My spies tell me that a theological library, with which I am well acquainted, is often found with "students" gazing at their laptops. Are they writing a paper on the New Testament or theology or even philosophy? No they are not. They are watching films.
Portable communication technologies have broken down the sense of sacred space, of a dedicated environment set aside for one set of purposes. Thus, people play on cell phones in church, gaze at hand-held devices during meals (so much for conviviality), and entertain themselves in a library.
Libraries are meant to be places of study, learning, and reflection. No other such places bear so many books, magazines, journals, and the like. One goes there to be there, this sanctuary for knowledge. Or so it once was.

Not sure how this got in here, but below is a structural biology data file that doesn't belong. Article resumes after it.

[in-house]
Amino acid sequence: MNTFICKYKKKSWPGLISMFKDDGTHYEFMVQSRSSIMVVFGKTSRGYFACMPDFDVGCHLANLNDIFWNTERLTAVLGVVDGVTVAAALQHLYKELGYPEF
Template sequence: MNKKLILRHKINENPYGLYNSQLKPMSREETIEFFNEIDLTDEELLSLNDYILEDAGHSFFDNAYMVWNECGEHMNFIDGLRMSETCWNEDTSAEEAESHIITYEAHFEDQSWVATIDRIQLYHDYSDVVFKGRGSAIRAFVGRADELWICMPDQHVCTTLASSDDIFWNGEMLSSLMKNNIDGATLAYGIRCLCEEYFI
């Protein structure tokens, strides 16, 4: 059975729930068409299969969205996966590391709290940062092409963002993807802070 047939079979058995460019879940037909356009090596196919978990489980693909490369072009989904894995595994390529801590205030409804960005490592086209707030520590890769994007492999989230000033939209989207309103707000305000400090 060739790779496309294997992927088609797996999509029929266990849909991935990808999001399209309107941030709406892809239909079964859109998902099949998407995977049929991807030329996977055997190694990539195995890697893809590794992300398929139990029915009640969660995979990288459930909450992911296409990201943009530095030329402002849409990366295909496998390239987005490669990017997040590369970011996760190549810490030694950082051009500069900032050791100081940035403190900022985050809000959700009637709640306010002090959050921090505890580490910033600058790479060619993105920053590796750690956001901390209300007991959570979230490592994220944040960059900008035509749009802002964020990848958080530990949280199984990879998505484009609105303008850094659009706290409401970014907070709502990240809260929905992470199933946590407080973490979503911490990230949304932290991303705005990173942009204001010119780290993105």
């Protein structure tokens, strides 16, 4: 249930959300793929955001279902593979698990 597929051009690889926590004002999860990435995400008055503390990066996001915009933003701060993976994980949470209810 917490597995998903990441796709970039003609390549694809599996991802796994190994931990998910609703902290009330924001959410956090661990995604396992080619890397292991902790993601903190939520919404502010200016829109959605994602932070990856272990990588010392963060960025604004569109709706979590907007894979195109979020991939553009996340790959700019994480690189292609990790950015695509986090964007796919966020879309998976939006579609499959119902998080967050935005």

Now libraries have been largely leveled by a mentality, a sensibility that assumes and demands that every place is a play station. Thus, I need to adjust myself to an environment according to an historic discipline. Rather, I am the environment--one that I can endless divert through my portable toys: laptops, cell phones, and the like.
Because of this intellectually-impoverished sensibility, I banned the use of laptops in my classrooms. As a professor, I can control and audit this environment, this place for teaching and learning. Sadly, I cannot exercise this authority at the Denver Seminary library. However, responsible students may choose to police themselves.